I wonder if it’s because these end-of-year holidays are just that. They are the beginning of the end of the current year, rolling us into the next. It feels sometimes like it’s an accelerating somersault that begins with Labor Day and rolls us through Halloween, Thanksgiving, Christmas, and New Year’s Eve, only to land us seated, feet splayed, hands braced, and eyes crossed, bracing us for the new year where we’ll start all over again.

Posted in Childhood, Family, Lucky Eleven

Tradition: the transmission of customs or beliefs from generation to generation.

Sixty-plus years ago at a small cottage built by my maternal grandfather on a bluff overlooking Lake Huron, my siblings and a handful of cousins marched in an impromptu Fourth of July parade put together by the various adults in attendance. My dad, belting out some of the traditional patriotic songs and waving a large flag, led the small contingent of children around the cottage while the grown ups sang “I’m a Yankee Doodle Dandy,” “You’re a Grand Ole’ Flag,” and any other marching-type song they could think of. Everyone trailed happily along waving little flags totally unaware of why, just having fun marching behind the big guy. This went on year after year after year. As the family grew, the parade – eventually nearly 30 strong – became a favorite tradition along the beach shore. Somewhere along the line someone furnished a long string of gas station flags that we all held onto while dad would holler, “Tighten up that line!” Lining up in front of the flag pole, our hands over our hearts, we would then recite the Pledge of Allegiance. Years later, as we all got older, the parade finally culminated with the bravest of the brave marching into the cold waters of the Great Lake, dad marching on until his hat floated on the water.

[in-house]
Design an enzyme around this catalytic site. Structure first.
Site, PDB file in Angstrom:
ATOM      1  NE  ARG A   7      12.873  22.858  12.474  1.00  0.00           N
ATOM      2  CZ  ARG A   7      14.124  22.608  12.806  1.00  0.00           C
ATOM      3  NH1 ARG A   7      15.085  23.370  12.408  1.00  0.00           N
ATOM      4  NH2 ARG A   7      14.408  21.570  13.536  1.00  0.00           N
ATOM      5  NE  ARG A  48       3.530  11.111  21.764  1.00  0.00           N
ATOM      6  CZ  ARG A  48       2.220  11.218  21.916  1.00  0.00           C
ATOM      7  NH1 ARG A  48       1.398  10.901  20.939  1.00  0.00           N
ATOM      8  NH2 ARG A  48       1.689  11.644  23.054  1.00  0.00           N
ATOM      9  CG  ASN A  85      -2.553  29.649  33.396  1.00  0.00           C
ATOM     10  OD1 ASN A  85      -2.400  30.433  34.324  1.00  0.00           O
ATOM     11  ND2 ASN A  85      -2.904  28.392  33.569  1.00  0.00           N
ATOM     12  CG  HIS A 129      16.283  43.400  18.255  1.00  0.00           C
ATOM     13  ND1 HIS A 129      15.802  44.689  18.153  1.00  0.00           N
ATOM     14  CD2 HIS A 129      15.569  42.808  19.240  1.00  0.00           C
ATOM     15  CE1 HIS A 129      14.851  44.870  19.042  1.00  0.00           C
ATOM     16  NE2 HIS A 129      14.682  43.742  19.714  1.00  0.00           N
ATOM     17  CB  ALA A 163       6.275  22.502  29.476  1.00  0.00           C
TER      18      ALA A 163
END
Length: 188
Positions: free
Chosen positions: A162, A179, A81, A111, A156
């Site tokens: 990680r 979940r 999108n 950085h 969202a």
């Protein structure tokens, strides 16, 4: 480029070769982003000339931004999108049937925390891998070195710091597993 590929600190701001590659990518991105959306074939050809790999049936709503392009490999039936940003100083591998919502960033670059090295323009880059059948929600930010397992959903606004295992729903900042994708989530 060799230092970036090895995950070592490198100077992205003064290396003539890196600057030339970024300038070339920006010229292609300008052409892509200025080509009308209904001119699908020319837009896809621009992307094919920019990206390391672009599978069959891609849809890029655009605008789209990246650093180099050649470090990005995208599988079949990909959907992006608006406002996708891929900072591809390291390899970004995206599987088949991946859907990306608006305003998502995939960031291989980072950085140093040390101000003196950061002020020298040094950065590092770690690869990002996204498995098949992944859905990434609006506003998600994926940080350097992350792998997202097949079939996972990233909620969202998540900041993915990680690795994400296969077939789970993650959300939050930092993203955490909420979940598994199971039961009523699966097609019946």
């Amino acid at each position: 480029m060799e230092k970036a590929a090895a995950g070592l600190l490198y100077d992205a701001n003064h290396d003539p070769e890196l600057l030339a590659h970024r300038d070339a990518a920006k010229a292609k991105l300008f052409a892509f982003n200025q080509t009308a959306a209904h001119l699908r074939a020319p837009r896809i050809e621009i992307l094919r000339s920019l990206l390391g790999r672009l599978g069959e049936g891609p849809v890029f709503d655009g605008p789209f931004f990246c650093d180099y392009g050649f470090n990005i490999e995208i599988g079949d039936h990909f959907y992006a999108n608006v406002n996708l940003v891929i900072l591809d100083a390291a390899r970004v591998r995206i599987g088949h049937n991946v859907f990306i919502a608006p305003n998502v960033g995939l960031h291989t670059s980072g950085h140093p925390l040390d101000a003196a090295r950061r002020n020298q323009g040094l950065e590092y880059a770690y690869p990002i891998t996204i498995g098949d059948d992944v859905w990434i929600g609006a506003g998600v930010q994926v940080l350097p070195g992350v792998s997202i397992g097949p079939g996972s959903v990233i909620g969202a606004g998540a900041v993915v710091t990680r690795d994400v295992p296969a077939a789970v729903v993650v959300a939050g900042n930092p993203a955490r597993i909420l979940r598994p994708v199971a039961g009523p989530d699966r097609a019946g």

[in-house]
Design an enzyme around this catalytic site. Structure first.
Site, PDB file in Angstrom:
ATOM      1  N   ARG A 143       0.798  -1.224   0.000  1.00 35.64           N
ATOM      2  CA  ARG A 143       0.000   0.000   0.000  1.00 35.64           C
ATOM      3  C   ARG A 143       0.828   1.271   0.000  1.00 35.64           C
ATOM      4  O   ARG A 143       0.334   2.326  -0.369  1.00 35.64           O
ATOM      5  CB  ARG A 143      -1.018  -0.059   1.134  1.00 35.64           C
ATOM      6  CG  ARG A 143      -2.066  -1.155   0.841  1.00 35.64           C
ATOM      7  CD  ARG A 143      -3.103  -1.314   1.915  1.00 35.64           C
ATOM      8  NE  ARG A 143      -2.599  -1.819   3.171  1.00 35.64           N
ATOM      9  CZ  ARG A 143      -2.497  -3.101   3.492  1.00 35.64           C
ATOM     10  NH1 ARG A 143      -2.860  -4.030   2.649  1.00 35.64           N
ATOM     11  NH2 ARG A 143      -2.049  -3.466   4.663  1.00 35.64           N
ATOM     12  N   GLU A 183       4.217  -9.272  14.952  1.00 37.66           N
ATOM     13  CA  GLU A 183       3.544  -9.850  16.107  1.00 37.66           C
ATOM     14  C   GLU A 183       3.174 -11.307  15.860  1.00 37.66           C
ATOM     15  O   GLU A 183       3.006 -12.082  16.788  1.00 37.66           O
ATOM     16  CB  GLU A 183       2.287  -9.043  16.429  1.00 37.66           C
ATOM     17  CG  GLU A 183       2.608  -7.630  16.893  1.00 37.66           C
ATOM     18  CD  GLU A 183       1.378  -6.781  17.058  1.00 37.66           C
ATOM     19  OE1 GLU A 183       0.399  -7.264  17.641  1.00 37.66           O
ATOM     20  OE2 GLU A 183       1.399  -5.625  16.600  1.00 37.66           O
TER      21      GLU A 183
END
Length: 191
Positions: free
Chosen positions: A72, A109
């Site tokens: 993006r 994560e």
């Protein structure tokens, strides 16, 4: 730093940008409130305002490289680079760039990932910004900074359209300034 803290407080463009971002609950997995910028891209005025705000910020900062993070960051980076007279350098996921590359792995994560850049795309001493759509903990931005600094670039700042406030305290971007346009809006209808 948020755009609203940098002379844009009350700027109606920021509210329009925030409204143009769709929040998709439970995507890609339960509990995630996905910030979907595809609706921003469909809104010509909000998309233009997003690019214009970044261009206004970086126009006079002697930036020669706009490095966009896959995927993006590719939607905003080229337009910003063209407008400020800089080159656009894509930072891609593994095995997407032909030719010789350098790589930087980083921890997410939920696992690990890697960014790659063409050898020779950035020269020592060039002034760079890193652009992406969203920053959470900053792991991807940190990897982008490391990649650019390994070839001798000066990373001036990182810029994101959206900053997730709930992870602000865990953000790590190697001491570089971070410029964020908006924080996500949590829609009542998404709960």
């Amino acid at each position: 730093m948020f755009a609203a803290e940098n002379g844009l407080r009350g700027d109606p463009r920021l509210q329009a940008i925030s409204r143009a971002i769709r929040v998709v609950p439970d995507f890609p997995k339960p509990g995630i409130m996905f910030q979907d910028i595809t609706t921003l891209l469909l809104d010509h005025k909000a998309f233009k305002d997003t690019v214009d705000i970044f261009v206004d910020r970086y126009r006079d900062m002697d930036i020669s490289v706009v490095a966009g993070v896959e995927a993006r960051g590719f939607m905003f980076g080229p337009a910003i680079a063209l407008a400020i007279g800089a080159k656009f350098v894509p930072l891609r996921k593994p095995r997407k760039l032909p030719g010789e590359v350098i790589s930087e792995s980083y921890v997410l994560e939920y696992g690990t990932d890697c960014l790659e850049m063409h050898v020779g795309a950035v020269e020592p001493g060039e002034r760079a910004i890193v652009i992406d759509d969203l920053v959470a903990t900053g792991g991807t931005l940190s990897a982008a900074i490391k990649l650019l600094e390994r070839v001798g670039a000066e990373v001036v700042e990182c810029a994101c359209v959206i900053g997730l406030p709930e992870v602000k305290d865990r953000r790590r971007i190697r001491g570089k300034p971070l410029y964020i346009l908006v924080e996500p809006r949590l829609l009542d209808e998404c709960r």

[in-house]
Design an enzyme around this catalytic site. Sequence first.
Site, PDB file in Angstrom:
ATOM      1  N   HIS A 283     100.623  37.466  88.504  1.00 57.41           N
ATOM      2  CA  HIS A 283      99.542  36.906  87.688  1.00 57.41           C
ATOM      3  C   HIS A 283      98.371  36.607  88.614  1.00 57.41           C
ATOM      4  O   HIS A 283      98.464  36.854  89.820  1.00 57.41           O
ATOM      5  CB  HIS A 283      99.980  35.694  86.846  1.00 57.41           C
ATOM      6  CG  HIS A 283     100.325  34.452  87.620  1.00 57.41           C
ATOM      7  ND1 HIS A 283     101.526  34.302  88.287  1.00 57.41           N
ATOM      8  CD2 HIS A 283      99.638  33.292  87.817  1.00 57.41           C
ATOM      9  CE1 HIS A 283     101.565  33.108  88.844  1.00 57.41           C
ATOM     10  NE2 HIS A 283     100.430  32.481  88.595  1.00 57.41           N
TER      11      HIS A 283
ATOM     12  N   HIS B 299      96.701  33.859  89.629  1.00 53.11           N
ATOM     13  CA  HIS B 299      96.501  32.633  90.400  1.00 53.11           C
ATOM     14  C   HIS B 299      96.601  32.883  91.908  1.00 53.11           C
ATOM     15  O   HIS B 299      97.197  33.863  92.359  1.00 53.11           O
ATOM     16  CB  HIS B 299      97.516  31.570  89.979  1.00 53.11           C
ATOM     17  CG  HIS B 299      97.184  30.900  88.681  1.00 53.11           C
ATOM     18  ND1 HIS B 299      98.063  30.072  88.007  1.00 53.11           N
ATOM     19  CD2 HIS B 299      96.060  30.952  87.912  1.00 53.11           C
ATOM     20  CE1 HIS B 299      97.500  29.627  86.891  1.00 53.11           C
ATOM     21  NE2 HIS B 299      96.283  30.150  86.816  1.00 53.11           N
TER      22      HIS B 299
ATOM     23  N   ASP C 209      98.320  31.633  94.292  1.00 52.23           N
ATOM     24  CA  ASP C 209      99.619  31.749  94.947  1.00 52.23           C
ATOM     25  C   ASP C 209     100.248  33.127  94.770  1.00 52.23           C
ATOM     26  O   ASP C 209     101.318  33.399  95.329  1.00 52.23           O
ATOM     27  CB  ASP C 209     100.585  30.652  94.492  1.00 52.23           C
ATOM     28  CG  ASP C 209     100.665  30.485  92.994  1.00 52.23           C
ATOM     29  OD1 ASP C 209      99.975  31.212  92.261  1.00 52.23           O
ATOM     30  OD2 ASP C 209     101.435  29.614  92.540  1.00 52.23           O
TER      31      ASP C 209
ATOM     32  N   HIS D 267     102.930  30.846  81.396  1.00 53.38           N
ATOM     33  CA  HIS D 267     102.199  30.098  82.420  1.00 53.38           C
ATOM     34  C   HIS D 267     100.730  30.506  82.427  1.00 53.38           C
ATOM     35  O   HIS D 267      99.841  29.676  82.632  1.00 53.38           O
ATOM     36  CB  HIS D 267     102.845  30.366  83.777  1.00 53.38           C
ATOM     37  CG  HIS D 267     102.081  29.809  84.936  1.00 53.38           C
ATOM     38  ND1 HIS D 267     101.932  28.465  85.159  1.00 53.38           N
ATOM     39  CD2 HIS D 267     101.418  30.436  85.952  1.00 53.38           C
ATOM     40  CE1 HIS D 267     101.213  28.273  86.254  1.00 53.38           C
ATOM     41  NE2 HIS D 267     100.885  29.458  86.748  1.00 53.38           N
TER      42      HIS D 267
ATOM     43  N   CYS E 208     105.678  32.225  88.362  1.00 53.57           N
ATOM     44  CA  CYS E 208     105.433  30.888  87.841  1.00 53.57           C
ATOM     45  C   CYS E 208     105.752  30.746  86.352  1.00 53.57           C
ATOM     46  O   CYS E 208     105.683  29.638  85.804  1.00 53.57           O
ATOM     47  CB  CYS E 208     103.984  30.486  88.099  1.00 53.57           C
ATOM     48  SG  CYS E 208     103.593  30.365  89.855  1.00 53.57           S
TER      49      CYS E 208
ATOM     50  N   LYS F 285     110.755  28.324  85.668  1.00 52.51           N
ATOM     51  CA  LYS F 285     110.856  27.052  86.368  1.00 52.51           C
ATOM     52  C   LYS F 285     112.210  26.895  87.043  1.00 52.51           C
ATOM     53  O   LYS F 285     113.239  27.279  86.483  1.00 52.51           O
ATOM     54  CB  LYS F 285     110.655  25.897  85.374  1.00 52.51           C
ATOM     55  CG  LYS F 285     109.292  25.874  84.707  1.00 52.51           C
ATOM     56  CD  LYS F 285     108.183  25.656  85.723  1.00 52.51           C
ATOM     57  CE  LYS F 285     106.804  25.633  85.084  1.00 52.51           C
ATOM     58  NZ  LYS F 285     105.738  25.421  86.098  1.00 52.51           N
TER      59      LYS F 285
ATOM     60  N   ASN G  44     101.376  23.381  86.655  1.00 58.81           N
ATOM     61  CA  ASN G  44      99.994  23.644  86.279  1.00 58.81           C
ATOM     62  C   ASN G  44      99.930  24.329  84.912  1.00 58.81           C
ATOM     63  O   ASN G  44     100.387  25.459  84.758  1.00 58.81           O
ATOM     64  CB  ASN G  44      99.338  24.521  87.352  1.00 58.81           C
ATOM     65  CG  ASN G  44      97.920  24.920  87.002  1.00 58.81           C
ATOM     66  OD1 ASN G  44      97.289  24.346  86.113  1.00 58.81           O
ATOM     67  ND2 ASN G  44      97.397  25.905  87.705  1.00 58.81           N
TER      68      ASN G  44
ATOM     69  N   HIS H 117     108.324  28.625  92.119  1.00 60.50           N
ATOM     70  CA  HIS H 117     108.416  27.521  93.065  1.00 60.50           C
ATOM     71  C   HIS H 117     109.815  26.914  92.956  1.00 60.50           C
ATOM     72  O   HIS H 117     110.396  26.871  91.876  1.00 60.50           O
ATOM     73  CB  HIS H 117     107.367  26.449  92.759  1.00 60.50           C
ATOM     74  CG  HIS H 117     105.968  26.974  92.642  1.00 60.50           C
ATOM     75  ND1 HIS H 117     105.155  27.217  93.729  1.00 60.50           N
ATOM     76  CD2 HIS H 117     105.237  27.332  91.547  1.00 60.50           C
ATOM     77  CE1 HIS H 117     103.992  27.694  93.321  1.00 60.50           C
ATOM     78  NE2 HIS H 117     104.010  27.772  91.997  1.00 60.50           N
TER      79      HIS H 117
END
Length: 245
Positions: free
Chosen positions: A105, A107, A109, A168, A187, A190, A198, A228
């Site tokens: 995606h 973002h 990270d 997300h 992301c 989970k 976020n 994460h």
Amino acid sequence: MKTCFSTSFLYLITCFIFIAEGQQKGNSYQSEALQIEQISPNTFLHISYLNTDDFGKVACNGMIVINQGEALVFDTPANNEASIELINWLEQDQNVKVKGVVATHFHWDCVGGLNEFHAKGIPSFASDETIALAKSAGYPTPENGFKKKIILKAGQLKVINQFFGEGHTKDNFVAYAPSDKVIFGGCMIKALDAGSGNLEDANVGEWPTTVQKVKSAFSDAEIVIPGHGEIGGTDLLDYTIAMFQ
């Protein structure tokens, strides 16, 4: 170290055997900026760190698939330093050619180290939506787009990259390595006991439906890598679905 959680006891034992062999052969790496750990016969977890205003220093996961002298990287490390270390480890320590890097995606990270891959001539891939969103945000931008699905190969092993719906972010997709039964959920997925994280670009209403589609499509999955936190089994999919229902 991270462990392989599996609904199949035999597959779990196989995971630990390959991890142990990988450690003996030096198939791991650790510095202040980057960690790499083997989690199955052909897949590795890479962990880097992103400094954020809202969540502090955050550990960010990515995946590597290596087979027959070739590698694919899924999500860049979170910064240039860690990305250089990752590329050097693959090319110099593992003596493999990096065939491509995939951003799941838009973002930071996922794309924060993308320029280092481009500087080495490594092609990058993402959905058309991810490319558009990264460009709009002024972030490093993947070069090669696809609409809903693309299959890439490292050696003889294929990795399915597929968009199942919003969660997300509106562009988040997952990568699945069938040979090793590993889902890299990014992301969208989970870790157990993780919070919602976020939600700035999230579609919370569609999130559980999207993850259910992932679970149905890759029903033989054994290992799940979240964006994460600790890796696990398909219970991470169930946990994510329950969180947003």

And now we see my brother Terry carrying on the family tradition this past Fourth of July at his own cottage on Lake Huron with his own kids and grandkids. I clipped these pictures from a video he shared where we could hear him singing the same songs he learned so long ago. Just for fun, he’s the baby in the last picture at the top, where mom is carrying him, more than 50 years ago, at the end of the parade line.